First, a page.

Italy anti-establishment parties make big gains in electionHeat Profit
Italian voters have delivered a bruising rebuke to the country’s political establishment, as both the populist Five Star Movement and the anti-immigrant, Eurosceptic Northern League were poised to make sweeping gains in the general election.
Early results suggested a hung parliament and a period of protracted and tense negotiations shepherded by Sergio Mattarella, Italy’s president, for the formation of a new government.
Five Star was one of the big winners from the election, as it appeared on course to be Italy’s strongest single party with 32 per cent of the vote. Although it cannot form a government unless it strikes an alliance with other parties, it has positioned itself as a dominant force in Italian politics.
“If these figures are confirmed it would be historic and extraordinary, Five Star will be the pillar of the next legislature,” said Alfonso Bonafede, a Five Star lawmaker.
With 74 per cent of the vote counted, the centre-right coalition fronted by Silvio Berlusconi, the 81-year-old media mogul and former prime minister, was on 37 per cent of the vote, but remained shy of an absolute majority of seats.
The big surprise was the surge in support for the Northern League, led by the 44-year-old rightwing nationalist leader Matteo Salvini, which beat Mr Berlusconi’s Forza Italia, earning 18 per cent of the vote and becoming the main conservative party in Italy. “My first words: THANK YOU,” Mr Salvini tweeted early on Monday.
Meanwhile, the ruling centre-left Democratic party led by Matteo Renzi suffered a dramatic implosion, falling to 19 per cent, according to projections, in a result that will almost certainly prompt calls for Mr Renzi’s resignation. “It’s clear that this was a very evident and a very clear defeat,” said Maurizio Martina, the vice-secretary of the PD.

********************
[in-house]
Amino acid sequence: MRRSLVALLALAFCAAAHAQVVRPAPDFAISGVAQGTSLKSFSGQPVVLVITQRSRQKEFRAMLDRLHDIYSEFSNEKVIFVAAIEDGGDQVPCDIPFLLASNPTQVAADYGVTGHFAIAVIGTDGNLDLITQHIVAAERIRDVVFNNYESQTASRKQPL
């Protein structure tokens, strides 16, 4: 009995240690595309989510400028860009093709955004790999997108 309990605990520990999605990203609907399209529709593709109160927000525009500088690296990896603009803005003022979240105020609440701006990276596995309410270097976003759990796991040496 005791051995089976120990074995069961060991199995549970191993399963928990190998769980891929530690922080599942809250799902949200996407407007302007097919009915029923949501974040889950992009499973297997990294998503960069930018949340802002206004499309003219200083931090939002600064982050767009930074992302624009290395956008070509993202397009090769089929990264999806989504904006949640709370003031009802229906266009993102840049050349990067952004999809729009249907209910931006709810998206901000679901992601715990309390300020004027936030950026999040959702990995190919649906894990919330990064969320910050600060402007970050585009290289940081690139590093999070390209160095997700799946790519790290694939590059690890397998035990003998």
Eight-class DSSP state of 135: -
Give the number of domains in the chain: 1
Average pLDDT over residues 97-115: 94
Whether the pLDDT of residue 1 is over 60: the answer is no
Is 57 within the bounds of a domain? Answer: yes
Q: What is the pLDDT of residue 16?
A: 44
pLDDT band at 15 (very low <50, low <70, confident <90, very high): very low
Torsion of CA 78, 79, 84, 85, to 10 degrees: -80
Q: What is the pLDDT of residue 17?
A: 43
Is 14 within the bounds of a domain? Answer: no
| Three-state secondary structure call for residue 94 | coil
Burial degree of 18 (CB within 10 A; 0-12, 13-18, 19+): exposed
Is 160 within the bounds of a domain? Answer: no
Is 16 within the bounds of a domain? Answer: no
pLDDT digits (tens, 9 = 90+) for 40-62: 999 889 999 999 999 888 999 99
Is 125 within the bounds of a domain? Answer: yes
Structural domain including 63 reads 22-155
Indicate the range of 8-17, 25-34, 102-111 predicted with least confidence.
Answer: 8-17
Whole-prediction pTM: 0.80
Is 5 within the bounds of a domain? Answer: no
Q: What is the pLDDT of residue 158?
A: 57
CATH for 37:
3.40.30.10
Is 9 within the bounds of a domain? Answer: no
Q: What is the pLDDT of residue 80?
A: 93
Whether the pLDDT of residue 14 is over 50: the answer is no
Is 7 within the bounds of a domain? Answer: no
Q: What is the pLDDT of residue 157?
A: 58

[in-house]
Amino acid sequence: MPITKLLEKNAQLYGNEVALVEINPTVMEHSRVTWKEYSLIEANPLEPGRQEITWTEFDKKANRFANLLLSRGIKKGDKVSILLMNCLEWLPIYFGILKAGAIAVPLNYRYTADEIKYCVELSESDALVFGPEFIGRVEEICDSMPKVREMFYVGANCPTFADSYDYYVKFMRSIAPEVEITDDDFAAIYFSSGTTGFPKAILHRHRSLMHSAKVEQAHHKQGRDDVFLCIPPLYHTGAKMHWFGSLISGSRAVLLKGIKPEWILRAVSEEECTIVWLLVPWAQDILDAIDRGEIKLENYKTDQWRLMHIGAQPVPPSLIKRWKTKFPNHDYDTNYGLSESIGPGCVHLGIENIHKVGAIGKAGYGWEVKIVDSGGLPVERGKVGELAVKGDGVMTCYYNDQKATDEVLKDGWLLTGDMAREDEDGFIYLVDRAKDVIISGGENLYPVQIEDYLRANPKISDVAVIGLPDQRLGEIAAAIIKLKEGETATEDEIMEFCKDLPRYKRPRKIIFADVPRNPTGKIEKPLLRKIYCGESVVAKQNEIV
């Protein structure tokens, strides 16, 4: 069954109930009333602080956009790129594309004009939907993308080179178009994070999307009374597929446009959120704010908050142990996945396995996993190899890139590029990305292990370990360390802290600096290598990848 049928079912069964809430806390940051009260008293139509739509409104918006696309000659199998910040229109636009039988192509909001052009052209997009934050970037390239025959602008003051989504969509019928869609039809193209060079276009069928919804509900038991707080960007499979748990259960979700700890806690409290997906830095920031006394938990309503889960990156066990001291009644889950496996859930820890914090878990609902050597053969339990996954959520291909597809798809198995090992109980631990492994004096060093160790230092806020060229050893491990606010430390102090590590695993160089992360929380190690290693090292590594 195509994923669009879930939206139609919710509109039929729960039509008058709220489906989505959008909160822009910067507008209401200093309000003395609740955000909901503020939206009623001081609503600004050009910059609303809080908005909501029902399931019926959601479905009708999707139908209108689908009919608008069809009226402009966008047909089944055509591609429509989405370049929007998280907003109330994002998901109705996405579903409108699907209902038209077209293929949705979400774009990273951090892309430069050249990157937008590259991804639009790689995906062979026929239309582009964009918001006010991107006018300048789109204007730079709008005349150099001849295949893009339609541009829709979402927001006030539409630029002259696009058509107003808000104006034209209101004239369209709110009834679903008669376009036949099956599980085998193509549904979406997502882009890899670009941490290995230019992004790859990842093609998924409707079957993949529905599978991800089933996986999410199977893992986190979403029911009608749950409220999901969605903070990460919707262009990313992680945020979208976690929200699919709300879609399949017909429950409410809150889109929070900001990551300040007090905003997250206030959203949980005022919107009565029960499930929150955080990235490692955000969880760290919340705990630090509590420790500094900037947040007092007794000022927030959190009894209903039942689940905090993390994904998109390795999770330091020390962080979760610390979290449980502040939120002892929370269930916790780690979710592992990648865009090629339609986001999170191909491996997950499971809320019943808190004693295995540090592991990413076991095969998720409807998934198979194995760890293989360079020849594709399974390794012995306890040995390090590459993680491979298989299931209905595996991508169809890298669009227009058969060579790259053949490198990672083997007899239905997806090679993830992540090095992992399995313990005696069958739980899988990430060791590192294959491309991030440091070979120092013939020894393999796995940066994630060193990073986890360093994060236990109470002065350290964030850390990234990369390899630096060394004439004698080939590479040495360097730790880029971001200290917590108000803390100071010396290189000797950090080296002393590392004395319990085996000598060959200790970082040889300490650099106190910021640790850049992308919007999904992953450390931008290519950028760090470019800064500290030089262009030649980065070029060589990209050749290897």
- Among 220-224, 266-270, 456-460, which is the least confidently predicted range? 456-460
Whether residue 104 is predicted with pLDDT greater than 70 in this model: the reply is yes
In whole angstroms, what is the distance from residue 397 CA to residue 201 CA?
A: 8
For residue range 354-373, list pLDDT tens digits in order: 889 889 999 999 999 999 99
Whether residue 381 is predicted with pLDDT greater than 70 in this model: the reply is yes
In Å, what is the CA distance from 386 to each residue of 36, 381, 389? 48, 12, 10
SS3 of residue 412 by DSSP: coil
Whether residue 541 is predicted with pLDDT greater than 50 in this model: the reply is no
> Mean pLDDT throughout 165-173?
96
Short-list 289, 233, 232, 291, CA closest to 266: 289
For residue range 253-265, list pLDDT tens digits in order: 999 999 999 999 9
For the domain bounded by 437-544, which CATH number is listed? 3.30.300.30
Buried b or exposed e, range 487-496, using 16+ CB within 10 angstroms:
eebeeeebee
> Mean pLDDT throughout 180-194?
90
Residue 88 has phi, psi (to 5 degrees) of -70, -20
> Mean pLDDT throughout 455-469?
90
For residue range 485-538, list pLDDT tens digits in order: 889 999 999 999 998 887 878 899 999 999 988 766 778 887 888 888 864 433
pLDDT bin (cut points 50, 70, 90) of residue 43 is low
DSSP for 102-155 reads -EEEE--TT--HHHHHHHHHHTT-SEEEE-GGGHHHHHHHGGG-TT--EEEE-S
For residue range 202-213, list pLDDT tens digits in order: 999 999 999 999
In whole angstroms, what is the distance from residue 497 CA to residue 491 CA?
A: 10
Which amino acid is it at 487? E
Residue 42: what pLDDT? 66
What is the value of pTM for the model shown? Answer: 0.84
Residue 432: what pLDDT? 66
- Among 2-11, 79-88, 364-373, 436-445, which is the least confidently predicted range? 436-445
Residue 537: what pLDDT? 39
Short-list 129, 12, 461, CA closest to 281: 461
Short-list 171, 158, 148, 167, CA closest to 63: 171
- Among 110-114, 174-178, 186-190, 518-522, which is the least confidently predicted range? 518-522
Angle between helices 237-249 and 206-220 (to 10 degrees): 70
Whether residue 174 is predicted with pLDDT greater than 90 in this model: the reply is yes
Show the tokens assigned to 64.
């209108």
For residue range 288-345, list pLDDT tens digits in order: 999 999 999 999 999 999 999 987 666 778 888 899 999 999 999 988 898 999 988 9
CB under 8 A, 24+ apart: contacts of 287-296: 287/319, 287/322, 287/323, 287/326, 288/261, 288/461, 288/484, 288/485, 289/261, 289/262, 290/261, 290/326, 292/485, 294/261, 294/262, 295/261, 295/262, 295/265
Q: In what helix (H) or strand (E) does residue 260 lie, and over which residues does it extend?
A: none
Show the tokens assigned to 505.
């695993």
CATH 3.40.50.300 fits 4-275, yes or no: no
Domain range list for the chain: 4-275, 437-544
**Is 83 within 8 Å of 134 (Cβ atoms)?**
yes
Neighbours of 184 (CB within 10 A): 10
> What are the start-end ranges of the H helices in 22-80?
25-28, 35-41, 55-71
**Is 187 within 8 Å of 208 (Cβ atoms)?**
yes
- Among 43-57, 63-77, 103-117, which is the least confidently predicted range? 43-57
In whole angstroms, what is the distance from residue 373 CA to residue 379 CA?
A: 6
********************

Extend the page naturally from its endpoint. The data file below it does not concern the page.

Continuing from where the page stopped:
In reaction to the election results, Italy’s main stock index fell and Investors moved out of its bonds, lifting their yields. The FTSE Mib index in Milan fell 0.9 per cent in morning trade, bucking a trend for gains on wider European bourses. The yield on 10-year Italian government bonds rose 6.1 basis point to 2101 per cent, a five-session high.
Shares in Mediaset, a broadcaster controlled by Mr Berlusconi’s family, fell 5 per cent. Italian banks were also hit hard with UniCredit down 2.9 per cent and Intesa falling 2.2 per cent.
For the past five years, Italy has been governed by three different centre-left prime ministers, who were able to steer the country out of the financial crisis and deep recession that followed. But the economic recovery was sluggish and intangible to many Italians — leading to widespread dissatisfaction with the political elite and a desire for a profound jolt.
At the same time, authorities have struggled to deal with an influx of more than 620,000 migrants from Africa and the Middle East that were rescued in the Mediterranean Sea and brought to Italian shores — a crisis that has fed anxiety among many voters. Both Five Star and the Northern League blamed Italy’s domestic political establishment — and Italy’s loss of sovereignty to the EU — for the struggles of middle-class families.